Trichologist: Stress and Afro Hair Loss

Contributor: Stephanie Sey (@StephanieSey)

Stress. It’s a big word for only 6 letters. Even the sound of the word sounds like a sigh. In the current climate with COVID-19 confining us to our homes and keeping us away from our loved ones it is only natural that we will be feeling stressed and anxious. “So, what does this have to do with hair?” I hear you ask. Well, stress and anxiety can cause hair loss and scalp conditions for some people.


Stress and anxiety produce what is known as the fight-or-flight response. This response is perfectly normal when you come up against a bear and need to decide in a split second what to do! However, when this is constant the effects are detrimental to the body. It impacts the immune system meaning we are more susceptible to falling ill. It affects the digestive system making it difficult to absorb the necessary nutrients and, during stressful times, it is generally quite common for us to neglect ourselves.


What exactly does all this mean for the hair and why is our hair a victim of this stress? Hair is non-essential tissue and the body prioritises other organs and functions before it - therefore you may see stress manifest itself as hair loss or as a scalp issue. Some of the conditions which can be triggered by stress are telogen effluvium, alopecia areata and seborrhoeic dermatitis.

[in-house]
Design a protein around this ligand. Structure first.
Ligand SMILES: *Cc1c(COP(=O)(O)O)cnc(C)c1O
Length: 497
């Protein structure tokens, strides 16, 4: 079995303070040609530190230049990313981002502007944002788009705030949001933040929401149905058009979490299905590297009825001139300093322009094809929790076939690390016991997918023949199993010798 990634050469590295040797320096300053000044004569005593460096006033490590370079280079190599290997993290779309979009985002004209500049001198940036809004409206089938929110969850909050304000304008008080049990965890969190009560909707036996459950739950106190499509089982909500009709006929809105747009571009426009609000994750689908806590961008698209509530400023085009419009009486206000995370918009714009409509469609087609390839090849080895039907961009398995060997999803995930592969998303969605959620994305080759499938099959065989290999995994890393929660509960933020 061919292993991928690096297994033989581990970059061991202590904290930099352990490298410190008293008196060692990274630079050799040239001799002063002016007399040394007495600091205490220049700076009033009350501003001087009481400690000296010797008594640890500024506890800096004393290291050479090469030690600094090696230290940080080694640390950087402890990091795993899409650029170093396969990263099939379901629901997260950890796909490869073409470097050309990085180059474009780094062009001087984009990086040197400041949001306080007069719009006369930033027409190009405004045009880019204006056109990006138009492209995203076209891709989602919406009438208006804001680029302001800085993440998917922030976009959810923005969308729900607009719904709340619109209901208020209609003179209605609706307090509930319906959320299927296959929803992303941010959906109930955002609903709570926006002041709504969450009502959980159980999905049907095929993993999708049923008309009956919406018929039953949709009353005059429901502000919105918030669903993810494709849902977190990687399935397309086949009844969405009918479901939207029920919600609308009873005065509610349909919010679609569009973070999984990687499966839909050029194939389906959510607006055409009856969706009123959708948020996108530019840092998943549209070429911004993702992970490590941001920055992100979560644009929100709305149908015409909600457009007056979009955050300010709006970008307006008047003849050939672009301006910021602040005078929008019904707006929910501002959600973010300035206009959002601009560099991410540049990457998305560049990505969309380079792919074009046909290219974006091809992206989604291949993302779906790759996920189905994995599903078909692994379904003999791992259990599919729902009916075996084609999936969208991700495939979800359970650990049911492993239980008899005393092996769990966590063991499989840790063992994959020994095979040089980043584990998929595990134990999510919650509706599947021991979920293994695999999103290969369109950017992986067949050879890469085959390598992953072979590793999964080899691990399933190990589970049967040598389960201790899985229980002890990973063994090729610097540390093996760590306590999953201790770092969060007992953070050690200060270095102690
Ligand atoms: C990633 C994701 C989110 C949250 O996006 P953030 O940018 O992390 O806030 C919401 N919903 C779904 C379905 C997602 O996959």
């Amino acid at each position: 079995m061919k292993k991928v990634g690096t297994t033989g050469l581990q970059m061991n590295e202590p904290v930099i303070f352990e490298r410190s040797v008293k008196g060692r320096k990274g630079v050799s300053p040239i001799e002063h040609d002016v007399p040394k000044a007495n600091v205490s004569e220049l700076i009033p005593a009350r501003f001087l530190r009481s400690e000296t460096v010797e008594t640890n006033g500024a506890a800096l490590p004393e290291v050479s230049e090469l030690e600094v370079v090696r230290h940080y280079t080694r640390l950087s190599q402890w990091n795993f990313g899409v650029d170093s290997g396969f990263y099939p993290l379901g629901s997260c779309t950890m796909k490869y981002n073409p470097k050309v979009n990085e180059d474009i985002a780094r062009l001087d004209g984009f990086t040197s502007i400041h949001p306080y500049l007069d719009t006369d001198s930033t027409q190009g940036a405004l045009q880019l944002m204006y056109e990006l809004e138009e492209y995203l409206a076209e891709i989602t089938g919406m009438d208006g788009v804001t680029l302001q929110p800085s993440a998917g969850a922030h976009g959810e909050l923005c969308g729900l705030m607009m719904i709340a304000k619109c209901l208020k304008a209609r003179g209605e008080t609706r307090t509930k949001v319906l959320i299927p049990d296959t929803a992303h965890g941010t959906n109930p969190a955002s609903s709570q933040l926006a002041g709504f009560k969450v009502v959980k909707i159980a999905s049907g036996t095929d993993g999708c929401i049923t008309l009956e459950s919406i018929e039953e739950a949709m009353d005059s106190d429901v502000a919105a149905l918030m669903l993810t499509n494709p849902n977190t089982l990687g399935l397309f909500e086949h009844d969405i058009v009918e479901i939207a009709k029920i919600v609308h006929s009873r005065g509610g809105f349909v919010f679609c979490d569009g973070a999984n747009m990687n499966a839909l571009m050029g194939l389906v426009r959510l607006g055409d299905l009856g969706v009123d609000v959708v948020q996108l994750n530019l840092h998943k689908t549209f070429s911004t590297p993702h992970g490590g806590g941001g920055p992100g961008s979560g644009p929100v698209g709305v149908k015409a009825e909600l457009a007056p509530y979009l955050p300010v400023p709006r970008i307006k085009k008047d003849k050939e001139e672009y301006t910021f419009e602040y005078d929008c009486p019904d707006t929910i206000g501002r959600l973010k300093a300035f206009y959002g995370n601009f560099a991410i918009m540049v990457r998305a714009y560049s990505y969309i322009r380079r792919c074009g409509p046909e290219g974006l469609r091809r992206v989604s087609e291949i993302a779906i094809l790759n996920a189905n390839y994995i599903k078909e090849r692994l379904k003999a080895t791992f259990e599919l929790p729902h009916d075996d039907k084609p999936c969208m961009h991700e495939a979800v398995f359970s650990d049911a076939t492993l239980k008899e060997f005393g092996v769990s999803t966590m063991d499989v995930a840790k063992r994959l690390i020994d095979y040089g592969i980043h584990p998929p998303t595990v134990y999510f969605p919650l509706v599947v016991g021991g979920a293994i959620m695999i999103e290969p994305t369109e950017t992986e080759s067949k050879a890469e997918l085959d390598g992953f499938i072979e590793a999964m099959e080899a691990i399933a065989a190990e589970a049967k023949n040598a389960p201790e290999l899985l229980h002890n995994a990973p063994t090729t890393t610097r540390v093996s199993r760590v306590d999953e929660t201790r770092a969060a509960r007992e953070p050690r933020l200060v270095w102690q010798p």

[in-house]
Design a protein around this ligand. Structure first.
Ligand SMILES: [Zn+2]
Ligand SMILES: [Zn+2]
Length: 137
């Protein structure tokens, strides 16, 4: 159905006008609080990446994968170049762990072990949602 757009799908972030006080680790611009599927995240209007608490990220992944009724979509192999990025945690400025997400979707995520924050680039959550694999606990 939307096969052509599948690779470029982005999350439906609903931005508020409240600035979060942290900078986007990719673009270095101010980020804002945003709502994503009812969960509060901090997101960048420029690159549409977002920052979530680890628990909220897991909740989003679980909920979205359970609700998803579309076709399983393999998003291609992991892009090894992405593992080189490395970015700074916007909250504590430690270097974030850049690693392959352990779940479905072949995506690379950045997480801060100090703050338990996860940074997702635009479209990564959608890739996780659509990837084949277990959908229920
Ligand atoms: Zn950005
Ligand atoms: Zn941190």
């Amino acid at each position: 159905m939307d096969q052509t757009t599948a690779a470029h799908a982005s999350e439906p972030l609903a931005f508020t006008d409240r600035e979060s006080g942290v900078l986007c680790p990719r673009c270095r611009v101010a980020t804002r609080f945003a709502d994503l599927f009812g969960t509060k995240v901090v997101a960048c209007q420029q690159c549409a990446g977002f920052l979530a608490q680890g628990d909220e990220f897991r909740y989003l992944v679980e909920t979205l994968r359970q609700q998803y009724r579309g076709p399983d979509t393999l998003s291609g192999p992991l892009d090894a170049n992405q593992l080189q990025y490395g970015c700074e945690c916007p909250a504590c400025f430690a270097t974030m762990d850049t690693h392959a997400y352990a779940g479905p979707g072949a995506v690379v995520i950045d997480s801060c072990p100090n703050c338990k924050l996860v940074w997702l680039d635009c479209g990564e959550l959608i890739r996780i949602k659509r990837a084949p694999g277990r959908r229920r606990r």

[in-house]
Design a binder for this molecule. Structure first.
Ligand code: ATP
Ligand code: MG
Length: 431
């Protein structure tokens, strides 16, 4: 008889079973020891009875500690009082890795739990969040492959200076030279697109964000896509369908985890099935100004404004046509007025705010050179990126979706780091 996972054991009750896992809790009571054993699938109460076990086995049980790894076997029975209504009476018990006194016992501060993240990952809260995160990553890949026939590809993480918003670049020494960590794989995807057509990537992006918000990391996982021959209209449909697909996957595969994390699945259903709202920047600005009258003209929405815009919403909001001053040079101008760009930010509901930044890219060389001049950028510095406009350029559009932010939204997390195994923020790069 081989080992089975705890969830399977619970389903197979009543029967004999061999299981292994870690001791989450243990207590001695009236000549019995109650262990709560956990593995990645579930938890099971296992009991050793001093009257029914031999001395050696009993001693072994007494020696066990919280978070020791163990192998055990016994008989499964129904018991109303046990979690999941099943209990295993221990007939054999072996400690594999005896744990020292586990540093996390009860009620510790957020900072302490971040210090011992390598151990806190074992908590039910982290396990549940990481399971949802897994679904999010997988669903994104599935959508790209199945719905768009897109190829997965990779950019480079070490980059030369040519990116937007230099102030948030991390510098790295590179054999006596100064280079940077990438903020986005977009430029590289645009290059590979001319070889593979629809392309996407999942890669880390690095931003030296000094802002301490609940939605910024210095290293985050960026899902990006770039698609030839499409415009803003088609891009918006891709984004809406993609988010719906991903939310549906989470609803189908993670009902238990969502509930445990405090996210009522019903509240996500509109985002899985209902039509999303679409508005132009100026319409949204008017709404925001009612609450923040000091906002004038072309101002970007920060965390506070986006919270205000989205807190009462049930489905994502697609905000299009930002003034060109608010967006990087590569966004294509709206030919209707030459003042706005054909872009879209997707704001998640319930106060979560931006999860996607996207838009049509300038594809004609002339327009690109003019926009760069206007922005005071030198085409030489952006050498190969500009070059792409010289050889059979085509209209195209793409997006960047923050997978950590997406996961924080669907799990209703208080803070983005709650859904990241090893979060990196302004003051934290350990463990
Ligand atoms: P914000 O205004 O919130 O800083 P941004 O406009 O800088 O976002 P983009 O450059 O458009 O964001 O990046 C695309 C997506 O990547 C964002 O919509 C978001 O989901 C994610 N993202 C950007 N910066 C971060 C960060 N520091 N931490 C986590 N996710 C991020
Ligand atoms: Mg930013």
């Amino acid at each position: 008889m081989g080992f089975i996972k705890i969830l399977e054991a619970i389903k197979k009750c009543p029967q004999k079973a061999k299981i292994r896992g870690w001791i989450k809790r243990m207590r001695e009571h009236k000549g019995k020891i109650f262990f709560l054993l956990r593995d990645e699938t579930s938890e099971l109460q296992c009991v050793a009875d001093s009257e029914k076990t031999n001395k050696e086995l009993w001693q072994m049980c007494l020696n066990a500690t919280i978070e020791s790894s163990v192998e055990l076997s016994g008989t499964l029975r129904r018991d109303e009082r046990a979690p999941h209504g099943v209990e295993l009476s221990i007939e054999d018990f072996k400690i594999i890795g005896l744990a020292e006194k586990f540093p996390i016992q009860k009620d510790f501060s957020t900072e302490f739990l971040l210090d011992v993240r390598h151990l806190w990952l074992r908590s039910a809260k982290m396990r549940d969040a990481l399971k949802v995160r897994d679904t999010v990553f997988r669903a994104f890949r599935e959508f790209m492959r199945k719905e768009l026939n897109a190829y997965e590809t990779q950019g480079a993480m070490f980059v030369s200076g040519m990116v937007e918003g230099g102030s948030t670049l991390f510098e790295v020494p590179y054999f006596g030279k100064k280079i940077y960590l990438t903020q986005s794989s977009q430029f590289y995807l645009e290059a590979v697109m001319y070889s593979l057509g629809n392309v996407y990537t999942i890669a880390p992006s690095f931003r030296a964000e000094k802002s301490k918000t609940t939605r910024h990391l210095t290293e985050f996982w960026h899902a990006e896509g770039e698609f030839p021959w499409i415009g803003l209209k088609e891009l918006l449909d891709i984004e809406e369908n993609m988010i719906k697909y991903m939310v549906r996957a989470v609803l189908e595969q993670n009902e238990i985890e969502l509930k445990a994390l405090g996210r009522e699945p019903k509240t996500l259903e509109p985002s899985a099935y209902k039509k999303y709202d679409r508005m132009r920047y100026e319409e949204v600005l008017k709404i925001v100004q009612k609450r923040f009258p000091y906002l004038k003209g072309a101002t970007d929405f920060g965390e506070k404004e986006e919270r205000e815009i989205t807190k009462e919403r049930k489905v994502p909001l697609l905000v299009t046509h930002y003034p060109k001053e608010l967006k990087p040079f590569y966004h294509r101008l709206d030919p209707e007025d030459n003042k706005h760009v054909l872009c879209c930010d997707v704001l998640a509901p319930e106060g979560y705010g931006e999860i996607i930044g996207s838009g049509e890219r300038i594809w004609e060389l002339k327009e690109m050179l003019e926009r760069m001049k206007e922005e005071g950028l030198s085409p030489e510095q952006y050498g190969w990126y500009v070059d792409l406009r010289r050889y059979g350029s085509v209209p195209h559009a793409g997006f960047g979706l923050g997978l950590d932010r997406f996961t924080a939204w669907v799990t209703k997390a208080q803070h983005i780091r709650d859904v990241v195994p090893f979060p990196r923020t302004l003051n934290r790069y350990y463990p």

Telogen effluvium is a condition where the hairs which were in the growing phase (anagen) are shocked into entering the resting phase (telogen) prematurely. This disturbance in the natural hair growth cycle is triggered by a shock to the body such as a stressful event. Approximately 6 – 12 weeks after the event, you will notice that a greater proportion of hair is being shed. Usually it is acute, and the hair will recover and grow back, however, when the stress is constant this can result in continuous excessive shedding. A comforting point to note is that this condition will never lead to baldness.


Alopecia areata is an autoimmune condition that causes patchy hair loss. Those that suffer from it most commonly report a stressful event happening just before the hair loss began. With this condition the white blood cells – which are supposed to fight infection and illness – attack the hair follicles instead, causing the hair to fall out. In most cases the hair will spontaneously grow back.


Seborrhoeic dermatitis is an itchy flaky scalp condition – a severe form of dandruff. The fungi that cause the condition thrive when your immune system has been weakened by stress.

If you are suffering from any type of hair loss, don’t panic! You should seek professional help from an expert such as a trained and registered Trichologist, your GP or a Dermatologist.


Self-care is a big buzz phrase at the moment, but it is vitally important and really does help fight the negative effects of stress. Taking up meditation, yoga, pilates, going for walks, taking long relaxing baths and just having a moment for yourself can go really far in helping you destress.


You can book consultations with Stephanie Sey on NinjA'fro. Stephanie is a Trichologist with first-hand experience of hair loss. She is a graduate and member of the Institute of Trichologists and undertook training for Scalp Micropigmentation with Finishing Touches. She is a member of the International Association of Trichologists and British Association of Hair Restoration Surgery.